Alabama death row inmate Domineque Ray died by lethal injection on the evening of February 8, 2019, reported the Montgomery Advertiser.
Prison officials recorded his time of death as 10:12 p.m.
Ray was executed after an 11th-hour ruling from the U.S. Supreme Court vacated a stay of execution pending a religious rights claim. Ray, a Muslim, had argued Alabama's practice of including a Christian prison chaplain in the execution chamber was in violation of the First Amendment. Ray sought to have his imam present at the time of his death.
Imam Yusef Maisonet, Ray's spiritual adviser, witnessed Ray's execution from an adjoining chamber, which held media and prison officials. Two lawyers accompanied Maisonet.
When the curtain opened at 9:44 p.m., Ray lifted his head from the gurney, looking into the witness room. With his right hand in a fist, he extended a pointer finger.
Maisonet appeared to mirror the gesture and murmured that it was an acknowledgement of the singular God of the Islamic faith. When asked if he had any final words, Ray gave a brief faith declaration in Arabic.
At 9:48, Ray made a fist with his left hand, raising his head slightly to look at his arm. His left arm shook briefly, before his eyes closed a minute later.
When the curtains to the witness chamber were drawn at 10:05 p.m., Ray's right pointer remained extended.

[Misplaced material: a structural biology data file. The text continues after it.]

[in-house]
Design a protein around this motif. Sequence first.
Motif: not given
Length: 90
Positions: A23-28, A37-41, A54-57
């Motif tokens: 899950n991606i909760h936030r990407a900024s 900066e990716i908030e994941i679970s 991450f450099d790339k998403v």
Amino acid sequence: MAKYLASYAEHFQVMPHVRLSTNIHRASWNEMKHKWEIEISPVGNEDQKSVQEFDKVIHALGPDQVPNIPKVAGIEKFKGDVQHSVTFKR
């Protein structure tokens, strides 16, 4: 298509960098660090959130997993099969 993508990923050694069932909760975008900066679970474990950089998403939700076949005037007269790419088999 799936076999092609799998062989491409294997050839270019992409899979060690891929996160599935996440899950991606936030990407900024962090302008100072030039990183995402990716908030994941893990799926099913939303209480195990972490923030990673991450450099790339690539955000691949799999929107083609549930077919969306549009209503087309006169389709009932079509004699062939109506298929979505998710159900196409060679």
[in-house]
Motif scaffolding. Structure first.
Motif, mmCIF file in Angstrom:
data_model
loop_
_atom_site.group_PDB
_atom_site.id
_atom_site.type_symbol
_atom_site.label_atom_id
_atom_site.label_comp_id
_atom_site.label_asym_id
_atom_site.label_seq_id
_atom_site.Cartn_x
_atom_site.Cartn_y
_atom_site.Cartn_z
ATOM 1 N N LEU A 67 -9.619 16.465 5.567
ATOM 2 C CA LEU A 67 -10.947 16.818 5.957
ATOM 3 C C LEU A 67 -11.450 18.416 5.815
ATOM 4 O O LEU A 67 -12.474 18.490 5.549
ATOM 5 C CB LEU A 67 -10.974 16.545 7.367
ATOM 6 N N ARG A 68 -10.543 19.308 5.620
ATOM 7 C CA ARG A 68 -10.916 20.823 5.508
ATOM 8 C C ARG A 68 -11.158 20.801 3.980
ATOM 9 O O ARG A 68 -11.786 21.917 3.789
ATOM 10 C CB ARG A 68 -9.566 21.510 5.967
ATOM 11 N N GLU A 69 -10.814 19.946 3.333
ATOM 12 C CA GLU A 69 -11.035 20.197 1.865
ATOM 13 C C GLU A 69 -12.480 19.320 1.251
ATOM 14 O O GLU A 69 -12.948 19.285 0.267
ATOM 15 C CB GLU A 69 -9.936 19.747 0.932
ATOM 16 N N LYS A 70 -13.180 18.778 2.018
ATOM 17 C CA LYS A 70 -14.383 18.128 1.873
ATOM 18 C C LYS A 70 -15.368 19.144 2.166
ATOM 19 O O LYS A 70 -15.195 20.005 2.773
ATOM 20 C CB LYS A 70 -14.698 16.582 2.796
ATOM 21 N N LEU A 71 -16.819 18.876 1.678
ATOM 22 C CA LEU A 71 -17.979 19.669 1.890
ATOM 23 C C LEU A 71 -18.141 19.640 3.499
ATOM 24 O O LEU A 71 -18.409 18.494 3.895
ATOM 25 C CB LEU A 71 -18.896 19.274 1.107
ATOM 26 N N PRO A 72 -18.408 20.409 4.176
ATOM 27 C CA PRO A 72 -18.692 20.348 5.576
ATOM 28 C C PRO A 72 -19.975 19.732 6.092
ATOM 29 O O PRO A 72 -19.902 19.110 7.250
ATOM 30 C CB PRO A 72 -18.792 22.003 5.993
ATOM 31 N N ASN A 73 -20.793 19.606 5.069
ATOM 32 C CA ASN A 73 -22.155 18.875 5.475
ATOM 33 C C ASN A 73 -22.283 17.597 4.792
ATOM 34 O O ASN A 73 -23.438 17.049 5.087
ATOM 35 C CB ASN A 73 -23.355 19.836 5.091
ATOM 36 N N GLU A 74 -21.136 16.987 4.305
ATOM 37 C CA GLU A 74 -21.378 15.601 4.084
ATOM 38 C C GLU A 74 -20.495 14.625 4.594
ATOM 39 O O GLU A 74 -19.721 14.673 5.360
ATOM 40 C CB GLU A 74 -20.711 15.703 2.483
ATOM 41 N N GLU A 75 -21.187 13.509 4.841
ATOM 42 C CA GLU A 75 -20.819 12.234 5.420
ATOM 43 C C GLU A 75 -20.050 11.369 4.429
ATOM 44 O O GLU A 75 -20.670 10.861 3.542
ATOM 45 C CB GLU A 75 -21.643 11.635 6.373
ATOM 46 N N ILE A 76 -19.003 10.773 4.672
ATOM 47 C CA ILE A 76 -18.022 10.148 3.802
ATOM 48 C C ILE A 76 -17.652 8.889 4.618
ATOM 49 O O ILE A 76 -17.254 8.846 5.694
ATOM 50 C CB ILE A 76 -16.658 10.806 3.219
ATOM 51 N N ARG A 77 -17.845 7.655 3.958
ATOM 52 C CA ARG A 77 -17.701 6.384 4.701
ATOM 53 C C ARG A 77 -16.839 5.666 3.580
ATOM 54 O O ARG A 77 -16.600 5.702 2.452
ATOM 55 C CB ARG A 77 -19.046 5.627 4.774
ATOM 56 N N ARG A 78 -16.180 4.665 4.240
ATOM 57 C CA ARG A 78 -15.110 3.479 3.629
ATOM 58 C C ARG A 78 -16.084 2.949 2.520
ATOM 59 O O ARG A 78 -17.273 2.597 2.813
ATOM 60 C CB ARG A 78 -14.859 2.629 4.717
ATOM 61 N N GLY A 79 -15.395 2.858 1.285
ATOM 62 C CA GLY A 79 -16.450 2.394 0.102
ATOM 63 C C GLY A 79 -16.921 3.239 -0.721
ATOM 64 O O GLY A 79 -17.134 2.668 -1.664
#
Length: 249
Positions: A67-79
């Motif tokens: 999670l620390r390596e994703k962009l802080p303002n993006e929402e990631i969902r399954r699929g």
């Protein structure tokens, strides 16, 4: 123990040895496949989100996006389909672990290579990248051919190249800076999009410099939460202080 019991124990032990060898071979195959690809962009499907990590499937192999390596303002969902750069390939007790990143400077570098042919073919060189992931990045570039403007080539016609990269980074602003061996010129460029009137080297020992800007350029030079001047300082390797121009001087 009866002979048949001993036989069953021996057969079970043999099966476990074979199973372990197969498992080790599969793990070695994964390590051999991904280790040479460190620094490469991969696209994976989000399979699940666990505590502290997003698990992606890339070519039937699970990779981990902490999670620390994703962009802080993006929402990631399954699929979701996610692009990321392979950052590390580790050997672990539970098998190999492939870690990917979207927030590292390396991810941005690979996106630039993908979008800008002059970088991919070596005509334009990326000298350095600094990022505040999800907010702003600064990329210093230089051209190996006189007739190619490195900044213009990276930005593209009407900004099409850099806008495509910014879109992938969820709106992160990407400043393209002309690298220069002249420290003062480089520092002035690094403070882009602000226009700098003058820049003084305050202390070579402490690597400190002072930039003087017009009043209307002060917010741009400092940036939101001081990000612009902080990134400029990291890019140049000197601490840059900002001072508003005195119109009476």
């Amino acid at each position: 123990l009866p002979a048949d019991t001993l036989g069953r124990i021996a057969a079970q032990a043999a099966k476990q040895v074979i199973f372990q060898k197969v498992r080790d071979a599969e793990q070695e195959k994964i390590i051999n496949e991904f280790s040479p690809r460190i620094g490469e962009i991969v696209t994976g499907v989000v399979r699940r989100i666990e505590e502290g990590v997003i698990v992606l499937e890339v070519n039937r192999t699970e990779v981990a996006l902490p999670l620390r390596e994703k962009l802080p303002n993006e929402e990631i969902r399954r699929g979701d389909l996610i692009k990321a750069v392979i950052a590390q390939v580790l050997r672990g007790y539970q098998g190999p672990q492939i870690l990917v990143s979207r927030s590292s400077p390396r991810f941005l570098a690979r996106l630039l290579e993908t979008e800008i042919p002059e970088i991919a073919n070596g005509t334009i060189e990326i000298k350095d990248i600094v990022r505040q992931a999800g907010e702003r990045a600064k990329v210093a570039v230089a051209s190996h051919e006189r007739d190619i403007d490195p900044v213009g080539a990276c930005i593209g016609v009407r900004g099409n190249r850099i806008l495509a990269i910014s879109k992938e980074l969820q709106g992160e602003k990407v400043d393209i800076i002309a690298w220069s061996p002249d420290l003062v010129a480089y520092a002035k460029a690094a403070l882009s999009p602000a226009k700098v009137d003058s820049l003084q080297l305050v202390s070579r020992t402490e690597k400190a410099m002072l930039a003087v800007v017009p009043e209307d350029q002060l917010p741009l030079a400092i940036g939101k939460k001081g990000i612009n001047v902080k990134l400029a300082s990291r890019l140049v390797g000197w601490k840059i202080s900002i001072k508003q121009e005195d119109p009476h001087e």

The 11th Circuit Court of Appeals had previously stayed the execution, writing that there was a possibility Alabama had "run afoul" of the religious freedom clause of the First Amendment.
The U.S. Supreme Court voted 5-4 to vacate the stay "because Ray waited until Jan. 28, 2019, to seek relief."
Justices Elena Kagan, Ruth Bader Ginsburg, Stephen Breyer and Sonia Sotomayor dissented to the ruling.
"Here, Ray has put forward a powerful claim that his religious rights will be violated at the moment the State puts him to death," Kagan wrote in her dissent. "The Eleventh Circuit wanted to hear that claim in full. Instead, this Court short-circuits that ordinary process — and itself rejects the claim with little briefing and no argument — just so the State can meet its preferred execution date."
Ray was sentenced to death for the 1995 rape and fatal stabbing of 15-year-old Tiffany Harville of Selma. Months before his death penalty trial, he was sentenced to life for a 1994 slaying of two teen brothers.
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